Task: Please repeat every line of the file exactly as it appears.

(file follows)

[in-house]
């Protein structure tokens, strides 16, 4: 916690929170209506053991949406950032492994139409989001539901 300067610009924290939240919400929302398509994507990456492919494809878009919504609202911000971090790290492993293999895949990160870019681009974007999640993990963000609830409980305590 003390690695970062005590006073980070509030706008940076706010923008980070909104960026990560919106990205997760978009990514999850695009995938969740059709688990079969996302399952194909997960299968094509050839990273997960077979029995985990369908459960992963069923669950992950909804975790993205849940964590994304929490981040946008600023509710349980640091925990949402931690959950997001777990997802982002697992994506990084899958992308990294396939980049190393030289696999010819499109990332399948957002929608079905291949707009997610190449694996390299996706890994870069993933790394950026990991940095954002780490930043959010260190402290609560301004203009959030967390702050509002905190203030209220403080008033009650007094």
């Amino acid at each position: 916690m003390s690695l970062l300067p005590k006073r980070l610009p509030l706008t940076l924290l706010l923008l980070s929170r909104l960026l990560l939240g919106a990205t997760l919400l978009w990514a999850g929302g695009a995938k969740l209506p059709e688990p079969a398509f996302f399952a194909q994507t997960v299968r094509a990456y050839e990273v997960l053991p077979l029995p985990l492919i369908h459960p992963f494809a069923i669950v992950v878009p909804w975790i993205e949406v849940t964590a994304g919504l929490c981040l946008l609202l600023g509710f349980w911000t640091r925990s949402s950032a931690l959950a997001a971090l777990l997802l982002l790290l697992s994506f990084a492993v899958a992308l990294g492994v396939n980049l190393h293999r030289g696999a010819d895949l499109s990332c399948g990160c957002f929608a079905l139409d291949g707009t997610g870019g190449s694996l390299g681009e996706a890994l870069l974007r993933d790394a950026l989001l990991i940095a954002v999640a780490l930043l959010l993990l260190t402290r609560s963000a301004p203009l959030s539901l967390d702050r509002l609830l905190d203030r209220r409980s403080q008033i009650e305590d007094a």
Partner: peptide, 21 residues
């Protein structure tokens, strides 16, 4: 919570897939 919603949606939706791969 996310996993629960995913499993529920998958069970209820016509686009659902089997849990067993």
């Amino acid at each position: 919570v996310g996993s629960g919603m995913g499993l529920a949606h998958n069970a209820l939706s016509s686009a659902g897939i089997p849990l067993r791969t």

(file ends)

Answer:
[in-house]
């Protein structure tokens, strides 16, 4: 916690929170209506053991949406950032492994139409989001539901 300067610009924290939240919400929302398509994507990456492919494809878009919504609202911000971090790290492993293999895949990160870019681009974007999640993990963000609830409980305590 003390690695970062005590006073980070509030706008940076706010923008980070909104960026990560919106990205997760978009990514999850695009995938969740059709688990079969996302399952194909997960299968094509050839990273997960077979029995985990369908459960992963069923669950992950909804975790993205849940964590994304929490981040946008600023509710349980640091925990949402931690959950997001777990997802982002697992994506990084899958992308990294396939980049190393030289696999010819499109990332399948957002929608079905291949707009997610190449694996390299996706890994870069993933790394950026990991940095954002780490930043959010260190402290609560301004203009959030967390702050509002905190203030209220403080008033009650007094």
């Amino acid at each position: 916690m003390s690695l970062l300067p005590k006073r980070l610009p509030l706008t940076l924290l706010l923008l980070s929170r909104l960026l990560l939240g919106a990205t997760l919400l978009w990514a999850g929302g695009a995938k969740l209506p059709e688990p079969a398509f996302f399952a194909q994507t997960v299968r094509a990456y050839e990273v997960l053991p077979l029995p985990l492919i369908h459960p992963f494809a069923i669950v992950v878009p909804w975790i993205e949406v849940t964590a994304g919504l929490c981040l946008l609202l600023g509710f349980w911000t640091r925990s949402s950032a931690l959950a997001a971090l777990l997802l982002l790290l697992s994506f990084a492993v899958a992308l990294g492994v396939n980049l190393h293999r030289g696999a010819d895949l499109s990332c399948g990160c957002f929608a079905l139409d291949g707009t997610g870019g190449s694996l390299g681009e996706a890994l870069l974007r993933d790394a950026l989001l990991i940095a954002v999640a780490l930043l959010l993990l260190t402290r609560s963000a301004p203009l959030s539901l967390d702050r509002l609830l905190d203030r209220r409980s403080q008033i009650e305590d007094a």
Partner: peptide, 21 residues
């Protein structure tokens, strides 16, 4: 919570897939 919603949606939706791969 996310996993629960995913499993529920998958069970209820016509686009659902089997849990067993």
């Amino acid at each position: 919570v996310g996993s629960g919603m995913g499993l529920a949606h998958n069970a209820l939706s016509s686009a659902g897939i089997p849990l067993r791969t």